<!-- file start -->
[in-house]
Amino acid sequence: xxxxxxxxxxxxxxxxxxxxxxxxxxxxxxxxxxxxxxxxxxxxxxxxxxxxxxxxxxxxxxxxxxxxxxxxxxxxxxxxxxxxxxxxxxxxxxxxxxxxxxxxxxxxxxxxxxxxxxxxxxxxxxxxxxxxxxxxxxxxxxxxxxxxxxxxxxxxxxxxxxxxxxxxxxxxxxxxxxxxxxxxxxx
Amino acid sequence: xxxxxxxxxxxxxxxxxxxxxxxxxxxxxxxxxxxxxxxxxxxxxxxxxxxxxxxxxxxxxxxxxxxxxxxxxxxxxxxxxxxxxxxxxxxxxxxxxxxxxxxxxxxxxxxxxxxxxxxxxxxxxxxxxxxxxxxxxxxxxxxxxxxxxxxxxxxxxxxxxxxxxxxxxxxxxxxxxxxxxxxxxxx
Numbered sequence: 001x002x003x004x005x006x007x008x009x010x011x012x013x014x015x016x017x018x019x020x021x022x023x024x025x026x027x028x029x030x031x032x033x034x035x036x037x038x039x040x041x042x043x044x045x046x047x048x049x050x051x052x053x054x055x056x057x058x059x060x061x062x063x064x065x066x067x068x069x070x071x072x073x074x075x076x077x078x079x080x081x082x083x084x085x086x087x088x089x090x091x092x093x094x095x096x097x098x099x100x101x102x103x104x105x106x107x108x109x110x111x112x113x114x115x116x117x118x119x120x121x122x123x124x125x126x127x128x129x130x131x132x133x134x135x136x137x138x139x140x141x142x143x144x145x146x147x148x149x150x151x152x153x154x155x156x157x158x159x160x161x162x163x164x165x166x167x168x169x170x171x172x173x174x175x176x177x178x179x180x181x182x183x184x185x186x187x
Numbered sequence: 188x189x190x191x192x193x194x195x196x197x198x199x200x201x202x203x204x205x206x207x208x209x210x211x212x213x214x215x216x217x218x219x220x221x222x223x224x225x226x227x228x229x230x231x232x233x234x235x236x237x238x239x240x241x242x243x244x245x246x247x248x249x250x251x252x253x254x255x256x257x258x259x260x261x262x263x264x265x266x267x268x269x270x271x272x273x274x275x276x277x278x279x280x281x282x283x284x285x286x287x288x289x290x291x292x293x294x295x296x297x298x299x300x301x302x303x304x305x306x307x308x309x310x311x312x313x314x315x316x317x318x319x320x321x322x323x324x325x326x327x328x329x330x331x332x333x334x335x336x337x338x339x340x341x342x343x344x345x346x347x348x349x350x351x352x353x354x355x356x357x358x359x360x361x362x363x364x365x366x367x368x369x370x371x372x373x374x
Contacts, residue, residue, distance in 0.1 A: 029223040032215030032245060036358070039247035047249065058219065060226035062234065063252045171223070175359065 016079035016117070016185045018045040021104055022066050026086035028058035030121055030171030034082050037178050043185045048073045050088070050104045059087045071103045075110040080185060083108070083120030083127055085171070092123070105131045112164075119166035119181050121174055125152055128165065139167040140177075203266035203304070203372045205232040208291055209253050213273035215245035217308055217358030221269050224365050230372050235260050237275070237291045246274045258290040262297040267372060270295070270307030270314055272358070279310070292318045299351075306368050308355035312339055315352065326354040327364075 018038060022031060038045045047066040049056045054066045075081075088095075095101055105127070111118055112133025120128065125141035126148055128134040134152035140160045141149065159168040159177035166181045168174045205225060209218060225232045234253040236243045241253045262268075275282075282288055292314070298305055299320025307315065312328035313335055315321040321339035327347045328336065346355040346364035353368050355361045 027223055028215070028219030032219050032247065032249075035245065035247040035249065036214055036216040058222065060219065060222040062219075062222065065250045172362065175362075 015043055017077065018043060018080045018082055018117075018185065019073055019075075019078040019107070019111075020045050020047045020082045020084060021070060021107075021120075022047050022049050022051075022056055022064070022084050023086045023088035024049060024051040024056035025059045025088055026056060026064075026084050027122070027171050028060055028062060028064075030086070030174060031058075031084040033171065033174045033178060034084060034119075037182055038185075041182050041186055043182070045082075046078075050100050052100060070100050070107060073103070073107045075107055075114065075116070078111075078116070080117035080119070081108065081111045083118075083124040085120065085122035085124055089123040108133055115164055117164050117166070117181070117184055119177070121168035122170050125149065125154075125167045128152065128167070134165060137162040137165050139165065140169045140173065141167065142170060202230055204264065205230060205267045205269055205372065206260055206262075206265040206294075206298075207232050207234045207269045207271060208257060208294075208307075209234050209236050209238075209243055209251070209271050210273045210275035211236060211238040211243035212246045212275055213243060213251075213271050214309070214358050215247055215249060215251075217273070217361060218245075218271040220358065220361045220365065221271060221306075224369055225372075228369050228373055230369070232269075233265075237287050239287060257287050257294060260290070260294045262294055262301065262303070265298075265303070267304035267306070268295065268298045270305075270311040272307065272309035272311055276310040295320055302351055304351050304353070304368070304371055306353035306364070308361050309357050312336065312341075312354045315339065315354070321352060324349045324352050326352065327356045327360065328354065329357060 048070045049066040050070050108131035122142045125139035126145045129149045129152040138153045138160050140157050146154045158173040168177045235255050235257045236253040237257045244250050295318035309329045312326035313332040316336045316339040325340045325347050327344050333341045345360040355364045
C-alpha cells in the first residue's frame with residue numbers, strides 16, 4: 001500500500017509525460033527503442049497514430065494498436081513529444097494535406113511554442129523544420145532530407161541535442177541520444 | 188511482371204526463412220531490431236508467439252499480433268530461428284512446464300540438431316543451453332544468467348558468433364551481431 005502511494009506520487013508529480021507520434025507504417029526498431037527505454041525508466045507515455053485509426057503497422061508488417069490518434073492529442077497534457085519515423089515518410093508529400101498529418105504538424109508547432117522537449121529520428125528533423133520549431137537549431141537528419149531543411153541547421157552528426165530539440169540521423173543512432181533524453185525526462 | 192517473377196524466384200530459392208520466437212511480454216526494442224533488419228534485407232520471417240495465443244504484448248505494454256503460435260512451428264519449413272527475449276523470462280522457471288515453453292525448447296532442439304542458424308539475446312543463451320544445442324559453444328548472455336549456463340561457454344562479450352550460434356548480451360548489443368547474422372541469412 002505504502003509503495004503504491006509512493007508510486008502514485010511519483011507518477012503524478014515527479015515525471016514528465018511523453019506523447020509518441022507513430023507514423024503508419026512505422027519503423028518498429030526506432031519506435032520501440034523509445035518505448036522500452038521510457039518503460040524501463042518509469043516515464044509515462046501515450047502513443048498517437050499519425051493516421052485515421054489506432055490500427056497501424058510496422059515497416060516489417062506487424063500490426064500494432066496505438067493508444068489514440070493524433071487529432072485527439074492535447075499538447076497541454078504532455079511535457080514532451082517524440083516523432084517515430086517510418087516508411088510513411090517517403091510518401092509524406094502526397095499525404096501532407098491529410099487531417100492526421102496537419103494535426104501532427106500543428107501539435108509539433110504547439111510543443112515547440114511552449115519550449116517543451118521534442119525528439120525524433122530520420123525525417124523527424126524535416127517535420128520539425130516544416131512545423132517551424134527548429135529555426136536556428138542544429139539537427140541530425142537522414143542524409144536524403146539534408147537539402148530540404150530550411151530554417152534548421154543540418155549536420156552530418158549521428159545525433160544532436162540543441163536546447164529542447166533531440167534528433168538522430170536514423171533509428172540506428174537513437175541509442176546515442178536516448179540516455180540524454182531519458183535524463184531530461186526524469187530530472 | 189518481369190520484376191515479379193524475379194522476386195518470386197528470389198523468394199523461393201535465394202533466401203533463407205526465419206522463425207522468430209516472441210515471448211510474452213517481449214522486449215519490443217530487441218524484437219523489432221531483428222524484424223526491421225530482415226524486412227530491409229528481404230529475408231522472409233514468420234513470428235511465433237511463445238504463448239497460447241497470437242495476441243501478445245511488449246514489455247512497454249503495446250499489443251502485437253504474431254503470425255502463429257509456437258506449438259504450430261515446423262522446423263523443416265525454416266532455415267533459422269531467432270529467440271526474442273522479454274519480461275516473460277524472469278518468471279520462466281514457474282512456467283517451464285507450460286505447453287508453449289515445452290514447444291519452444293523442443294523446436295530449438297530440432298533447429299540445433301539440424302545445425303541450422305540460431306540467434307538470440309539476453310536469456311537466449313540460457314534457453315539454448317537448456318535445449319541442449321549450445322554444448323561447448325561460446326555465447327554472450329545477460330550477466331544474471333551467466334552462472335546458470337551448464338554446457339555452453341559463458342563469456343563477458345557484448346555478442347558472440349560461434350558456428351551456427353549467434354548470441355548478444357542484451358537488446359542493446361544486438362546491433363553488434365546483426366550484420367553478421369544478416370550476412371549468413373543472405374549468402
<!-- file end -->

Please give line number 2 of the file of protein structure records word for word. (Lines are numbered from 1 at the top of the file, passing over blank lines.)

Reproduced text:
Amino acid sequence: xxxxxxxxxxxxxxxxxxxxxxxxxxxxxxxxxxxxxxxxxxxxxxxxxxxxxxxxxxxxxxxxxxxxxxxxxxxxxxxxxxxxxxxxxxxxxxxxxxxxxxxxxxxxxxxxxxxxxxxxxxxxxxxxxxxxxxxxxxxxxxxxxxxxxxxxxxxxxxxxxxxxxxxxxxxxxxxxxxxxxxxxxxx